Setting and Participants
This retrospective cohort study included patients 12-18 years old admitted to the pediatric hospital medicine service on a general unit of an academic quaternary care children’s hospital for medical stabilization of an eating disorder between September 2013 and March 2017. Patients were identified using administrative data based on primary or secondary diagnosis of anorexia nervosa, eating disorder not other wise specified, or another specified eating disorder (ICD 9 3071, 20759, or ICD 10 f5000, 5001, f5089, f509).12,13 This research study was considered exempt by the University of Wisconsin School of Medicine and Public Health’s Institutional Review Board.
A standard medical stabilization protocol was used for patients admitted with an eating disorder throughout the study period (Appendix). All patients received continuous one-to-one NA supervision until they reached the target calorie intake and demonstrated the ability to follow the nutritional meal protocol. Beginning July 2015, patients received continuous CVM supervision unless they expressed suicidal ideation (SI), which triggered one-to-one NA supervision until they no longer endorsed suicidality.
Centralized Video Monitoring Implementation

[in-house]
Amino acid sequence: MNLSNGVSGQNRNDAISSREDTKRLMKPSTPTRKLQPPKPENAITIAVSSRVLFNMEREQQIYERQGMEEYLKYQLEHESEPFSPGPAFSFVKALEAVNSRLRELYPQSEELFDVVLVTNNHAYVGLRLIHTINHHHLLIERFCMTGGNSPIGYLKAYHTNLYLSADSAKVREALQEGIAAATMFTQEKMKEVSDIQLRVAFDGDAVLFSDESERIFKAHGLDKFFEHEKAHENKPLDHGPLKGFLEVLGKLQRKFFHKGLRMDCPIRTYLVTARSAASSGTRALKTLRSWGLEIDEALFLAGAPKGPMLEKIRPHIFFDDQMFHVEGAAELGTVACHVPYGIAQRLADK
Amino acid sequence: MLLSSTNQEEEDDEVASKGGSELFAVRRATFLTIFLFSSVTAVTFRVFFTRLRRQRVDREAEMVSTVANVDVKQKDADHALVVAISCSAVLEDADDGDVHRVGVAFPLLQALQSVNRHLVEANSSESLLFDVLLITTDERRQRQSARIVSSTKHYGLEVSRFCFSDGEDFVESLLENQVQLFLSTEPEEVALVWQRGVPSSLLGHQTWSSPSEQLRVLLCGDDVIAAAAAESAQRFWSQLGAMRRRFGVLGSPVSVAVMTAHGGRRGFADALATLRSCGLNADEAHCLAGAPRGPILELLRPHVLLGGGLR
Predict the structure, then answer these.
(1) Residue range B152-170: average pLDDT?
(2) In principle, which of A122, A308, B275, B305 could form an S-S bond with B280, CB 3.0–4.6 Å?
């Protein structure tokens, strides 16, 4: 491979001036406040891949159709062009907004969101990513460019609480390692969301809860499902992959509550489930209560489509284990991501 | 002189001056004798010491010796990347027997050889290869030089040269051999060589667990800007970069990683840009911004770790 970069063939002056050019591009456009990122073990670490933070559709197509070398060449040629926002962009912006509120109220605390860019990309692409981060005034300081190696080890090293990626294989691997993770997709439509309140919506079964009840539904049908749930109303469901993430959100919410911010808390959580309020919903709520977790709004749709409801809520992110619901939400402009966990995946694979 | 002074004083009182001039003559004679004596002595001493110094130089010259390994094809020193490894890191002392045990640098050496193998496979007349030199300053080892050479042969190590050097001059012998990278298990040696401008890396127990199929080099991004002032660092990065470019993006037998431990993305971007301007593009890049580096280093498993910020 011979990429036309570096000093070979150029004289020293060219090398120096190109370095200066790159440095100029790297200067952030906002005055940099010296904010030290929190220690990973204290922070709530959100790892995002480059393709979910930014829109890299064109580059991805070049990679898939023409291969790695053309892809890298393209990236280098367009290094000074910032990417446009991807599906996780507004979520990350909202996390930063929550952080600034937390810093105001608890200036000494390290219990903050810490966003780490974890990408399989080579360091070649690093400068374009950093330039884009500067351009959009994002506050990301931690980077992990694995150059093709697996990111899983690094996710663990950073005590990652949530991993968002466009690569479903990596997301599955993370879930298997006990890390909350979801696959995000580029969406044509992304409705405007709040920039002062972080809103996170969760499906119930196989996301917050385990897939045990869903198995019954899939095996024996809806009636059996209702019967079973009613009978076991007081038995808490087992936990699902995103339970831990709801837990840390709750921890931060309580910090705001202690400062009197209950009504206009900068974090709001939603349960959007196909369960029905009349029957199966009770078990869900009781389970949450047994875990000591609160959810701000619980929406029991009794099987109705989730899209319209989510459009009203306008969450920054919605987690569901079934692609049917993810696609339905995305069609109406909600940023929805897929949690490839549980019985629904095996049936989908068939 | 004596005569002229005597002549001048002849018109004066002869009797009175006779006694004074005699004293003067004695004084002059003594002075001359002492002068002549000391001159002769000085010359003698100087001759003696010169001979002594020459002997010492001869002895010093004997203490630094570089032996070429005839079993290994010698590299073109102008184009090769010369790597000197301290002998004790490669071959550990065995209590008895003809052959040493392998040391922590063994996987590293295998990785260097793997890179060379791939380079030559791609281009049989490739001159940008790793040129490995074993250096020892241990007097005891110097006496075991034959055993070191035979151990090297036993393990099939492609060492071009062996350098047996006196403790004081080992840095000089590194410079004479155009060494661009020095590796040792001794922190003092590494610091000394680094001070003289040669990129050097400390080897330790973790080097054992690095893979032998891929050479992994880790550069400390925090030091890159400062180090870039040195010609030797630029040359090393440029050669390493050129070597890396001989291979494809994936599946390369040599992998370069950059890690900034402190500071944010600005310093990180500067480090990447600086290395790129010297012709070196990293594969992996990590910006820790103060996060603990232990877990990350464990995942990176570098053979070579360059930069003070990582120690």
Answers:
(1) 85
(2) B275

Institutional CVM technology was AvaSys TeleSitter Solution (AvaSure, Inc). Our institution purchased CVM devices for use in adult settings, and one was assigned for pediatric CVM. Mobile CVM video carts were deployed to patient rooms and generated live video streams, without recorded capture, which were supervised by CVM technicians. These technicians were NAs hired and trained specifically for this role; worked four-, eight-, and 12-hour shifts; and observed up to eight camera feeds on a single monitor in a centralized room. Patients and family members could refuse CVM, which would trigger one-to-one NA supervision. Patients were not observed by CVM while in the restroom; staff were notified by either the patient or technician, and one-to-one supervision was provided. CVM had two-way audio communication, which allowed technicians to redirect patients verbally. Technicians could contact nursing staff directly by phone when additional intervention was needed.